Feds selling Federal Center property in Lakewood as lawsuit looms

The auction of the public land began less than two weeks after the feds rejected a controversial plan to build hundreds of supportive housing units near Federal Center Station for people experiencing homelessness.

(Kevin J. Beaty/Denverite)

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Federal Center Station surplus property area 1, Lakewood, Jan. 24, 2018. (Kevin J. Beaty/Denverite)  real estate; lakewood; colorado; denverite; kevinjbeaty;

Federal Center Station surplus property area 1, Lakewood, Jan. 24, 2018. (Kevin J. Beaty/Denverite)

The federal government has once again opened bidding on 59 valuable acres in Lakewood.

The auction of the public land began less than two weeks after the feds rejected a controversial plan to build hundreds of supportive housing units near Federal Center Station for people experiencing homelessness.

Bidding started at $6 million. No one had put in an offer as of April 2, according to a government auction website.

About 15 acres of the site include contaminated soil covered by a soil cap. Development there will be regulated by the state health department.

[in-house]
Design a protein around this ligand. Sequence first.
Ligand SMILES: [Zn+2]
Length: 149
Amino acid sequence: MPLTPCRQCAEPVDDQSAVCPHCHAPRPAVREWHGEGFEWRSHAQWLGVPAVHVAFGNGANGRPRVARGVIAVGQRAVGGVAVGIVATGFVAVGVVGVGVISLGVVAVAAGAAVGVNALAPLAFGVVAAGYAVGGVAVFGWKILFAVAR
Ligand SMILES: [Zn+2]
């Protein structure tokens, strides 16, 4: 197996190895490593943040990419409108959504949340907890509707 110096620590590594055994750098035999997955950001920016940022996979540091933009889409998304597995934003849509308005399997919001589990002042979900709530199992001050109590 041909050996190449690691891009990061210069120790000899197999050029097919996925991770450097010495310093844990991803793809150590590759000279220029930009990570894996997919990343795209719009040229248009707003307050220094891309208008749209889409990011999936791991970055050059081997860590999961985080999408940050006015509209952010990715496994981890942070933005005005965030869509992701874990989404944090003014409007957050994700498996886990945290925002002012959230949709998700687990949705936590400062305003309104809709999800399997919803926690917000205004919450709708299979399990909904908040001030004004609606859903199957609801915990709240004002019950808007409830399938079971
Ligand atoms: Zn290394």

The land is “one of the last remaining large vacant land parcels in the city of Lakewood,” according to the U.S. General Services Administration.

The Colorado Coalition for the Homeless sued to stop an earlier auction of the site, arguing that federal law says it should be offered up for homelessness services first. They won, but the Department of Health and Human Services rejected the nonprofit’s financial plan.

The auction closes July 17.

Meanwhile, the nonprofit has asked for a review and says it will sue to get fair consideration of its proposal.

If it gets its way, the federal McKinney-Vento act would allow Colorado Coalition for the Homeless to rent the land, free of charge, for 20 years. After that, the property deed itself would be transferred to CCH, with the nonprofit only paying administrative costs.

“We have yet to hear from HHS regarding our request for reconsideration and we consider GSA’s auction premature in light of that appeal,” wrote Cathy Alderman, a vice president for the nonprofit.

“It is looking more and more likely that we will have to return to the U.S. District Court to have HHS’s actions reviewed for what we believe to be an abuse of discretion. HHS should not be permitted to apply a different standard of review to our application than they have to other McKinney Vento applications and in this case, that is what appears to have happened.”

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